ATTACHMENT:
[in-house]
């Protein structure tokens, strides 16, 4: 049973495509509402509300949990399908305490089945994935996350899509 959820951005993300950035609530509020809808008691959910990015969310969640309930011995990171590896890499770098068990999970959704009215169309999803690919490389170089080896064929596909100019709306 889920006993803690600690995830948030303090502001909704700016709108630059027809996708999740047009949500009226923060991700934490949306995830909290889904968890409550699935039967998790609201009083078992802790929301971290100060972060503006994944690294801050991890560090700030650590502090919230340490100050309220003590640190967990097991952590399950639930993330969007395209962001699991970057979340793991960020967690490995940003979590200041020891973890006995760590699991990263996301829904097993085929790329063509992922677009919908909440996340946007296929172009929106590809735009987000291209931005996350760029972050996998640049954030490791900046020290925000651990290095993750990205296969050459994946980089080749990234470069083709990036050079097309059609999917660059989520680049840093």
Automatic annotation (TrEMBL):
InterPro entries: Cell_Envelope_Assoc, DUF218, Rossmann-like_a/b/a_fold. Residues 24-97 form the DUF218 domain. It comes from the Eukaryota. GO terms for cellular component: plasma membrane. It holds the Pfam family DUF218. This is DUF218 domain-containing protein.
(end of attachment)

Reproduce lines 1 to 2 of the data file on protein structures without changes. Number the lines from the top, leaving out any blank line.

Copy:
[in-house]
């Protein structure tokens, strides 16, 4: 049973495509509402509300949990399908305490089945994935996350899509 959820951005993300950035609530509020809808008691959910990015969310969640309930011995990171590896890499770098068990999970959704009215169309999803690919490389170089080896064929596909100019709306 889920006993803690600690995830948030303090502001909704700016709108630059027809996708999740047009949500009226923060991700934490949306995830909290889904968890409550699935039967998790609201009083078992802790929301971290100060972060503006994944690294801050991890560090700030650590502090919230340490100050309220003590640190967990097991952590399950639930993330969007395209962001699991970057979340793991960020967690490995940003979590200041020891973890006995760590699991990263996301829904097993085929790329063509992922677009919908909440996340946007296929172009929106590809735009987000291209931005996350760029972050996998640049954030490791900046020290925000651990290095993750990205296969050459994946980089080749990234470069083709990036050079097309059609999917660059989520680049840093």